, this was “barely enough to buy an aspirin”.
Despite these points, the Tendulkar Committee poverty line is in line with the definition of poverty used by 189 members of the United Nations to set the first of eight Millennium Development Goals of halving global poverty between 1990 and 2015.
As T N Ninan wrote in the Business Standard “The definition of poverty used to set this goal is $1.25 per day. That would be about Rs 75 per day in a straight conversion to rupees at current exchange rates, but works out to about Rs 30 when you take purchasing power parity into account, as you are supposed to. As it happens, the Tendulkar line for rural areas in 2011-12 was Rs 27, and in urban areas Rs 33. So any criticism of the Tendulkar definition of extreme poverty runs smack into what is the internationally accepted definition.”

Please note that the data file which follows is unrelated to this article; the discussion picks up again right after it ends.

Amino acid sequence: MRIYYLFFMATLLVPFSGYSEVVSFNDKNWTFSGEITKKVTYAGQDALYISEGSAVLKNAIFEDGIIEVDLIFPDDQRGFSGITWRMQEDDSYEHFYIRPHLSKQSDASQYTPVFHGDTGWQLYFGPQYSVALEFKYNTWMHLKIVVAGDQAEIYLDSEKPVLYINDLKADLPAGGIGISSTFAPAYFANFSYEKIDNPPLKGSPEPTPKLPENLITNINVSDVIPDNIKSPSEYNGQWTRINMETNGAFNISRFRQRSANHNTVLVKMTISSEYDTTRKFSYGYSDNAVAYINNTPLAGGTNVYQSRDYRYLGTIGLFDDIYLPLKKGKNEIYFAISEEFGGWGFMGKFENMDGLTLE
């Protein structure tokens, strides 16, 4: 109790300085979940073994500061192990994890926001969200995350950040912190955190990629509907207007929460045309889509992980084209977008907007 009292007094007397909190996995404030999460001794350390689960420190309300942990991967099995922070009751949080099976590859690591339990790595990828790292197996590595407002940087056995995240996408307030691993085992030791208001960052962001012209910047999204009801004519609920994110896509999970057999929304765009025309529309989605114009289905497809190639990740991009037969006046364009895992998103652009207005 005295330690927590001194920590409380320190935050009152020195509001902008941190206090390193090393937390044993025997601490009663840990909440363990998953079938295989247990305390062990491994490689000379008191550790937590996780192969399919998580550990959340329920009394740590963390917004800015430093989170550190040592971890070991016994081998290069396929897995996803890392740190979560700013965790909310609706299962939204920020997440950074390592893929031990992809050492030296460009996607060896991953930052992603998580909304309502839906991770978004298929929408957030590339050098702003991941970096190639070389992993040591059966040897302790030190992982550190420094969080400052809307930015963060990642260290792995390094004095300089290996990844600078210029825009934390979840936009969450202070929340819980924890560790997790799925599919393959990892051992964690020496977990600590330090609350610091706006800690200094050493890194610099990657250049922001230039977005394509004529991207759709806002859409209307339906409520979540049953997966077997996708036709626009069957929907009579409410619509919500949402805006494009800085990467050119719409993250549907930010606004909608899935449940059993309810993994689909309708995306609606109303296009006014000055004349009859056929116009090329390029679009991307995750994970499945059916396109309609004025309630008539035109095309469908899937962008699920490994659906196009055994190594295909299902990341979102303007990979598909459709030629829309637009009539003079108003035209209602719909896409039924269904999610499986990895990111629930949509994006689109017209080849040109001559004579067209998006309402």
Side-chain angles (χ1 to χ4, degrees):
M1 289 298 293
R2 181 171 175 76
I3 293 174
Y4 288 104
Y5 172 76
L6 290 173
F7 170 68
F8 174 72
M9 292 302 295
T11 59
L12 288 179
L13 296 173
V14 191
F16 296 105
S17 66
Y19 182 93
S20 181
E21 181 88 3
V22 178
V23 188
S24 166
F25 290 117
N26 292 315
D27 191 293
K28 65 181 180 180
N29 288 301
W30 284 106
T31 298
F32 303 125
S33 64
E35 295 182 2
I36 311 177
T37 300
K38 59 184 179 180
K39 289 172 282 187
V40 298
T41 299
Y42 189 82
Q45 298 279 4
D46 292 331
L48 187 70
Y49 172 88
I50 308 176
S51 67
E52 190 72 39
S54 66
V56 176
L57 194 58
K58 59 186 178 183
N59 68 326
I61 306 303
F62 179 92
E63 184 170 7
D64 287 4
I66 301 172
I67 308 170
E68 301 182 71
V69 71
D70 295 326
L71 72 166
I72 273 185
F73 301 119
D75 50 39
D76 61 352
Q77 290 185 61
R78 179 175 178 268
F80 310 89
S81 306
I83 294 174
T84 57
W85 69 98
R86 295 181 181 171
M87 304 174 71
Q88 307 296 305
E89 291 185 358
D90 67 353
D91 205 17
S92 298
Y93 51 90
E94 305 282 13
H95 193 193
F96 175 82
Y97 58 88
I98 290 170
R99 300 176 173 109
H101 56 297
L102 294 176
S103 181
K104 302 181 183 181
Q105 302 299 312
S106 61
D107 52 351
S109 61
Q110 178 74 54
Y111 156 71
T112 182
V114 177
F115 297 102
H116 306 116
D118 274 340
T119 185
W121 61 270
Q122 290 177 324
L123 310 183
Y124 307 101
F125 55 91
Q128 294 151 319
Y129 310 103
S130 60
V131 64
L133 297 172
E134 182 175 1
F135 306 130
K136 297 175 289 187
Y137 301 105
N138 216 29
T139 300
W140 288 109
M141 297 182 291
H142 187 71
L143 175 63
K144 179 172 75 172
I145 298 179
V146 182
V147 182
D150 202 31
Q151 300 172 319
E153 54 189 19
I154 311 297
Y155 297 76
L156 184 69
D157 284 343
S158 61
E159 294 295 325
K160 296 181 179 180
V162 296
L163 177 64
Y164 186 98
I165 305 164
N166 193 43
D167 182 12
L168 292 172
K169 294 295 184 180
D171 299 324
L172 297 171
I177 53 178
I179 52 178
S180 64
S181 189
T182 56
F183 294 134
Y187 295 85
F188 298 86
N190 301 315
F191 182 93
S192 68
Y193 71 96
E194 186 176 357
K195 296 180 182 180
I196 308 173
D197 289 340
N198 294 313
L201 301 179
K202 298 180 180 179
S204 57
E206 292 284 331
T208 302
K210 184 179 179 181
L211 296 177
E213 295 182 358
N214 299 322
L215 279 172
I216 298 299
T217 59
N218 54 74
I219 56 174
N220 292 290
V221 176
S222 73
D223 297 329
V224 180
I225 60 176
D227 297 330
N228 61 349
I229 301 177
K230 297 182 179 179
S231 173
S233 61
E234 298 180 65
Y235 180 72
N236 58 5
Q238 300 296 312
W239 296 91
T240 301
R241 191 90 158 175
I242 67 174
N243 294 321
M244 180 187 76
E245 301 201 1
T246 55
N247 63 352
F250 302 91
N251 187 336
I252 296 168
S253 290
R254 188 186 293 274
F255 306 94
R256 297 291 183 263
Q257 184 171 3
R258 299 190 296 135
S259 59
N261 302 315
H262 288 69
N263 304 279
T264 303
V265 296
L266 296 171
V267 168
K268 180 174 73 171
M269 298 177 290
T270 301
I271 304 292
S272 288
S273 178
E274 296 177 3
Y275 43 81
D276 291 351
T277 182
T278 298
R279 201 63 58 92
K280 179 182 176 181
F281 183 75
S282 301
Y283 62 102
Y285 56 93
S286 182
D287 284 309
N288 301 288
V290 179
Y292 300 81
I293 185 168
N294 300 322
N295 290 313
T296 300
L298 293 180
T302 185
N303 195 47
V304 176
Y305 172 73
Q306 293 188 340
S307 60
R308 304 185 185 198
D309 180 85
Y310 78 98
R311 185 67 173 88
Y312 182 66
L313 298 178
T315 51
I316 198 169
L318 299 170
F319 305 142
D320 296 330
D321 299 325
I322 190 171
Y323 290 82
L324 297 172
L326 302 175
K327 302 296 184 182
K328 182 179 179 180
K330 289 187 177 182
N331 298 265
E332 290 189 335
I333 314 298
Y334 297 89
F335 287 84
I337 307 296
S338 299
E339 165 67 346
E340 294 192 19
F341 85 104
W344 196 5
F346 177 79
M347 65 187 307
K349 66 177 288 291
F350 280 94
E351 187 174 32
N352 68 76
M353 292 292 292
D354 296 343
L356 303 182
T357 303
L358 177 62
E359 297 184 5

Also, the Congress party as well as the opposition parties which are criticising this formula now, could have first done so more than three years back in late 2009, when the report was first made public. But they chose to be quiet then.
Despite the problems that it has, what the Tendulkar committee poverty line measures is extreme poverty or what Ahluwalia refers to as “the weakest group” and which “should be the priority of the government”.
Raising this line would have its own set of problems, which this writer has pointed out in the past.
“For example, suppose we raise the rural poverty line to Rs 80 and the urban one to Rs 100 at 2009-10 prices. What would these lines imply?” ask Bhagwati and Panagariya.
This would designate 95% of the rural population and 85% of the urban population to be poor. And that does not help anybody, except those who repeatedly like to shout that “India is poor”. Yes, we all know India is a poor country, but then what’s new about that?